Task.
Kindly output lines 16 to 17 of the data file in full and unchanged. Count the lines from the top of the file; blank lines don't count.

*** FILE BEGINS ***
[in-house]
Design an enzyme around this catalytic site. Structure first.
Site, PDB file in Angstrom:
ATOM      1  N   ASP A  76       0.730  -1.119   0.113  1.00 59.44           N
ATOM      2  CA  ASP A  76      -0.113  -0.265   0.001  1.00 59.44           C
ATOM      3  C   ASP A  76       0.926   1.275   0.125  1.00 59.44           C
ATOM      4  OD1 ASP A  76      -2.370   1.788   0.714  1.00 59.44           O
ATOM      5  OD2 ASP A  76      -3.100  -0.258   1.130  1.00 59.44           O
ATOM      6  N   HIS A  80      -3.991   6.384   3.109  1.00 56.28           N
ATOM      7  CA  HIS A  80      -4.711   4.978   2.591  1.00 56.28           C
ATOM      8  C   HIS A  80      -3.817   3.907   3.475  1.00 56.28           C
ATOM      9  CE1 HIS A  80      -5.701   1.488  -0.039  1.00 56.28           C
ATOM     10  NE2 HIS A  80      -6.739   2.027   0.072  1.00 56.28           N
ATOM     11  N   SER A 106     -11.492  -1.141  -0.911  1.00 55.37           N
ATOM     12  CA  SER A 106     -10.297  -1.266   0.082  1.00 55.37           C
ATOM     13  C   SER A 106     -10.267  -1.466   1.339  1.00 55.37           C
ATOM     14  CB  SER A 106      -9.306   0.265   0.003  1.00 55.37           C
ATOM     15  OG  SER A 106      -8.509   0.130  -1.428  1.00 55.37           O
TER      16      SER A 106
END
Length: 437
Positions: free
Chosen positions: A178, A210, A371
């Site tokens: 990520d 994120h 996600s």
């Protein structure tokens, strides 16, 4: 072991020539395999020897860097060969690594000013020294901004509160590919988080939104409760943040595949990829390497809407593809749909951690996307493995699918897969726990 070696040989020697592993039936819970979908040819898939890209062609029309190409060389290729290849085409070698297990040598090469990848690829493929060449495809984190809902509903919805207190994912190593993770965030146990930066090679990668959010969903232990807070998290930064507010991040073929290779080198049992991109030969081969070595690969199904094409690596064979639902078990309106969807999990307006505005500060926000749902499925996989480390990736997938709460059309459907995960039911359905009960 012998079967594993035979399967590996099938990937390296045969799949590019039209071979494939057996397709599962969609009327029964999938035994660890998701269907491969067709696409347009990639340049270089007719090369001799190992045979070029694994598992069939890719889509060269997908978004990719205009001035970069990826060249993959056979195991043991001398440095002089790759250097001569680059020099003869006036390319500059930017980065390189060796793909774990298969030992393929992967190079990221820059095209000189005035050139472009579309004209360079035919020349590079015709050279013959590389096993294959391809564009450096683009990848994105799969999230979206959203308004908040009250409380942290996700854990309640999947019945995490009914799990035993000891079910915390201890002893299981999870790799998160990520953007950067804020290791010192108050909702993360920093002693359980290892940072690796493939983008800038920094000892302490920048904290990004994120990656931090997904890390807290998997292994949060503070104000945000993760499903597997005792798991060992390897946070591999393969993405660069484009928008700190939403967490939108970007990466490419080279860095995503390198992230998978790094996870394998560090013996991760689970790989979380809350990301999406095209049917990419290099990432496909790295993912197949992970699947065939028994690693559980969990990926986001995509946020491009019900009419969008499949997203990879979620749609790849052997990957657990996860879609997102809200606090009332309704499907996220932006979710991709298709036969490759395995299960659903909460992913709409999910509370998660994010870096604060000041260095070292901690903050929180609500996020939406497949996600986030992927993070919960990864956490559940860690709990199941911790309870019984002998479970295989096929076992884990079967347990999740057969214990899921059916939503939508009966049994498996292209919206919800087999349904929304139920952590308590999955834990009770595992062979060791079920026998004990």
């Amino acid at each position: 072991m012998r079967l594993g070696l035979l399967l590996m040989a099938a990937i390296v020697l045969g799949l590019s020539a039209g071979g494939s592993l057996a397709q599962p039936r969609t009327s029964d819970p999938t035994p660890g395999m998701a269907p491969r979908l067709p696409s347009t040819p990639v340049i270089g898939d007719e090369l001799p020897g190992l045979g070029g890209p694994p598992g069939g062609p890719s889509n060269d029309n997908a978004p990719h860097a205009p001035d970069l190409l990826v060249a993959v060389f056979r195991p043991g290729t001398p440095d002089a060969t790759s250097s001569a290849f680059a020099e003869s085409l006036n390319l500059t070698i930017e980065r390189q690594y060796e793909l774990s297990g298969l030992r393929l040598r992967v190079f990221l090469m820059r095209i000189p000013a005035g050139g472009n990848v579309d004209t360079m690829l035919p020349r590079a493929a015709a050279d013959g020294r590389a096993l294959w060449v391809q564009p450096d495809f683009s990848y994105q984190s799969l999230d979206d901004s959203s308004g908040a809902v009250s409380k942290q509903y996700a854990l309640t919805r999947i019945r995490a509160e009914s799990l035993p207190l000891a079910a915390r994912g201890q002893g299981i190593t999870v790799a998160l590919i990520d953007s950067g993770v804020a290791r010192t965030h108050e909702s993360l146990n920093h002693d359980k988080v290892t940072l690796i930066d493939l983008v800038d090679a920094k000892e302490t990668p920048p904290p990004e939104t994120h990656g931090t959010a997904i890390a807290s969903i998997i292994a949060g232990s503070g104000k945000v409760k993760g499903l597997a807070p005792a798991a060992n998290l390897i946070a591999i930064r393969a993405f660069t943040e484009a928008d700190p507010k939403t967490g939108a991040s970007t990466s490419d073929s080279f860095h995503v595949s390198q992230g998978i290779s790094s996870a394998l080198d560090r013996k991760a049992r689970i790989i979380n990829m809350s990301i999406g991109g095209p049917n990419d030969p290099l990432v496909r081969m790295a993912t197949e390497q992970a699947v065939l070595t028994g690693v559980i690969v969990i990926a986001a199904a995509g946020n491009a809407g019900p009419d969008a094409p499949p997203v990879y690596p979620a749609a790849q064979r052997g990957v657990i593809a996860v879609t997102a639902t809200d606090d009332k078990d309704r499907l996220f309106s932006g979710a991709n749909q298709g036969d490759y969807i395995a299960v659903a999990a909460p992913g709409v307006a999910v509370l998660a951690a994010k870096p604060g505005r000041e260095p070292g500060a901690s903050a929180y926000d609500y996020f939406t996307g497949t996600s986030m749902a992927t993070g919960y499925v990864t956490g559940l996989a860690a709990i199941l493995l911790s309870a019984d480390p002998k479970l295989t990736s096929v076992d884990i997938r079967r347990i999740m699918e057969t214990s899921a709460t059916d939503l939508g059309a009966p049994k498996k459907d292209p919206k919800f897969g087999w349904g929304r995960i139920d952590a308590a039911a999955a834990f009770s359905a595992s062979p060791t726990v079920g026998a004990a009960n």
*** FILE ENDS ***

ATOM     13  C   SER A 106     -10.267  -1.466   1.339  1.00 55.37           C
ATOM     14  CB  SER A 106      -9.306   0.265   0.003  1.00 55.37           C